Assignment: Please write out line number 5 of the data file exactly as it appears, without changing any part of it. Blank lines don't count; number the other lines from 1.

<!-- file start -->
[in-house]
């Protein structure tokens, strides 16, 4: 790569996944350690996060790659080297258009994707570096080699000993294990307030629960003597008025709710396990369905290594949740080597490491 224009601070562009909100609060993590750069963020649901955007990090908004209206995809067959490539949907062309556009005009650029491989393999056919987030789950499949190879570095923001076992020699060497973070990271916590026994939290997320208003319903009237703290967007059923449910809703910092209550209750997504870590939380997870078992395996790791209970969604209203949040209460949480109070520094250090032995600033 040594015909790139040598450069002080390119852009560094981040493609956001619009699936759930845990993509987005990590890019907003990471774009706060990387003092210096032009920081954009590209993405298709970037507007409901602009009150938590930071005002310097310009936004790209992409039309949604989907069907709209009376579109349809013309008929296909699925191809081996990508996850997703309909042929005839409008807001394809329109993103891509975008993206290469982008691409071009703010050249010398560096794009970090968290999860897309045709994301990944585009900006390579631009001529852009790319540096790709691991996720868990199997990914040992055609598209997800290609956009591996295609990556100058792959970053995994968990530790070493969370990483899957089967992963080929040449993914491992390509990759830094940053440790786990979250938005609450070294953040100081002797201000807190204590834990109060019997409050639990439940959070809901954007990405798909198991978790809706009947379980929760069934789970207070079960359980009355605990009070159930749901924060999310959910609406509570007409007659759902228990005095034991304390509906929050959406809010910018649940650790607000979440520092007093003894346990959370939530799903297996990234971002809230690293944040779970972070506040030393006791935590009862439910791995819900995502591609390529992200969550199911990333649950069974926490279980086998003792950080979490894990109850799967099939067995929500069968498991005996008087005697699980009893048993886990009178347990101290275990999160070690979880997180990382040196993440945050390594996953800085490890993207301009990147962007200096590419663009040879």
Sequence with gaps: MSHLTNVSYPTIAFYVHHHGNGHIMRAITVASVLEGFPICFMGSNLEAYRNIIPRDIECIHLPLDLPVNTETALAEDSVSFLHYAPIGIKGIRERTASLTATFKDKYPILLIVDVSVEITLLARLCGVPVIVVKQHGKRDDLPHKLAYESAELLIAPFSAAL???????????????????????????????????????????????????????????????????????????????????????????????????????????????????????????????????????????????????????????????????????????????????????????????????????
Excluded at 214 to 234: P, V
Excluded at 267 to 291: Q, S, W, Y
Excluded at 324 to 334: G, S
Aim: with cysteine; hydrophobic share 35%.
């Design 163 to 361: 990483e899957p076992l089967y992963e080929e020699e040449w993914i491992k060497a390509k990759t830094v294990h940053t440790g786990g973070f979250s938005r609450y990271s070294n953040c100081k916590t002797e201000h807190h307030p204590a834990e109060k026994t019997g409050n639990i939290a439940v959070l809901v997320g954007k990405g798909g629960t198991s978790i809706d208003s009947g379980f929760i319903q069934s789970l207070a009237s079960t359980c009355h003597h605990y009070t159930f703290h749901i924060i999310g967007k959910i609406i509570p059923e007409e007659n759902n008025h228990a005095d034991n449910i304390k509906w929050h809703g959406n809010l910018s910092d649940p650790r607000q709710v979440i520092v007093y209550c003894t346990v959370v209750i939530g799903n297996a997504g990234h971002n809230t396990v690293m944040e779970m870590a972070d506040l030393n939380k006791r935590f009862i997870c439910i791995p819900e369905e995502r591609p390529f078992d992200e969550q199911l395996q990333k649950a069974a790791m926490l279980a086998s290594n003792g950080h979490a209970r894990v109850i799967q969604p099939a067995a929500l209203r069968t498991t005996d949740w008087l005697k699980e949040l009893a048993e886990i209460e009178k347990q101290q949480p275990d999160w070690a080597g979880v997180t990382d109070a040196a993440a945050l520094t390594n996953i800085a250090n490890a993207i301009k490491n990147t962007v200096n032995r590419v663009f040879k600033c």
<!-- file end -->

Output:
Excluded at 267 to 291: Q, S, W, Y